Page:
SnoBar makes alcohol infused ice cream like the Grasshopper, Brandy Alexander Chocolate Chip, and Cosmopolitan ice pops. And they’re not just alcohol flavored — there’s a full cocktail in every serving. SnoBar also shares a lot of tools on their site to help people spread the word about it with printable posters, downloadable PDFs with cocktail recipes, and cooking videos. But frozen alcohol is nothing new — SnoBar just put it on a stick, scooped it into a carton, and squeezed it into a push-up pop.

The lesson: You don’t have to reinvent the wheel to make something remarkable. Just make it different enough for people to talk about, then give them a bunch of ways to talk about it.

Learn more: Snobar

4. Check it out: Idioms of the World

Do you know why it’s great “to have a wide face” in Japan, or why it’s rude “to give someone pumpkins” in Spain? This post about cultural idioms around the world will help you figure it out. Into the mouth of the wolf!

Check it out: Idioms of the World

Newsletter #1024: The “Lessons from a Movie Theater that’s Still Got It” Issue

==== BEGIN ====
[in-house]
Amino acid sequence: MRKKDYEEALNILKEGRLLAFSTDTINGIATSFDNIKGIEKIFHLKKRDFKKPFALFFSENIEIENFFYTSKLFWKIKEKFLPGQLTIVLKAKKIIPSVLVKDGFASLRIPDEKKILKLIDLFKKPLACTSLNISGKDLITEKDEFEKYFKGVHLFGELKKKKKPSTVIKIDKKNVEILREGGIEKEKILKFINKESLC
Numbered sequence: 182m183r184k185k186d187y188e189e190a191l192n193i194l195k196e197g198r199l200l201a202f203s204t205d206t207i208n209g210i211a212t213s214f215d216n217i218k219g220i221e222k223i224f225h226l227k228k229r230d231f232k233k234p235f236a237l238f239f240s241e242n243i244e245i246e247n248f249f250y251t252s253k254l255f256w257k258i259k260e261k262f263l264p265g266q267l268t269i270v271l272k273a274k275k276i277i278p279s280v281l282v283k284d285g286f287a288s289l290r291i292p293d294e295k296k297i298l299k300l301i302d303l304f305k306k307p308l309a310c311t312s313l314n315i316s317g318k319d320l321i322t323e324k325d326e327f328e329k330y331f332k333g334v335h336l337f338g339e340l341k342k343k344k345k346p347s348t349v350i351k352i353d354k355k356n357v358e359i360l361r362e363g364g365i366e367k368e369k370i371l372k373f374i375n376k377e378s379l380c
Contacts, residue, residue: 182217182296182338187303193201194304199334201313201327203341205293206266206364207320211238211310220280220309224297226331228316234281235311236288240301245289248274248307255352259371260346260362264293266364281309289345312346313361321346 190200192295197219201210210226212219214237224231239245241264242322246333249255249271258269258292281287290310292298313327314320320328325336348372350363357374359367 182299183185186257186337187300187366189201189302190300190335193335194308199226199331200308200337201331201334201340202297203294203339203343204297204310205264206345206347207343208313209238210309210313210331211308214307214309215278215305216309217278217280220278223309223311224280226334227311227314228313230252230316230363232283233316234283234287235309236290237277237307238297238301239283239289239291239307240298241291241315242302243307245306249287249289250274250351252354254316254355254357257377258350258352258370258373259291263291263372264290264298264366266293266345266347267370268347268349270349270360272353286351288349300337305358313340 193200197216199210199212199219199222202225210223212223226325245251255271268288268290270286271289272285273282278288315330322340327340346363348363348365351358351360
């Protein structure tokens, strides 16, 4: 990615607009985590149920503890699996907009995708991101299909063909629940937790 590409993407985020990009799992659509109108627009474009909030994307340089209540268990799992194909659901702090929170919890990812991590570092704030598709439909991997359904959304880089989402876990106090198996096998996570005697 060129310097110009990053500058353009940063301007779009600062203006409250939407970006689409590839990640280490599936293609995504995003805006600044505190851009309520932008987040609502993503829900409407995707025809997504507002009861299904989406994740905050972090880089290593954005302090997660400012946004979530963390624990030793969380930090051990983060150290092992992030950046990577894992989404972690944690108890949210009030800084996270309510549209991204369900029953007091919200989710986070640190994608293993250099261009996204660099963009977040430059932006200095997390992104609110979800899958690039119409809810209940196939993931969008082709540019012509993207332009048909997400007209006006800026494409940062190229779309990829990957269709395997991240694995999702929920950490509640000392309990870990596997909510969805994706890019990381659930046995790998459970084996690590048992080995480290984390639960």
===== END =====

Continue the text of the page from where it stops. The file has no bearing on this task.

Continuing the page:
[Welcome back to the Damn, I Wish I’d Thought of That! newsletter. This is text of the great issue all of our email subscribers just received. Sign yourself up using the handy form on the right.]

In an era of Netflix, Redbox, and homebody culture, Alamo Drafthouse is completely reinventing the movie theater experience. They serve awesome food and beer, have comfy seats and affordable tickets, and they’ll kick your ass out if you talk or text during the movie. But it’s more than just food, beer, and a strict talking policy that make the Alamo so beloved and successful.

Here are a few lessons from a remarkable movie theater franchise:

1. Your customers’ experiences make you different
2. Make quality a priority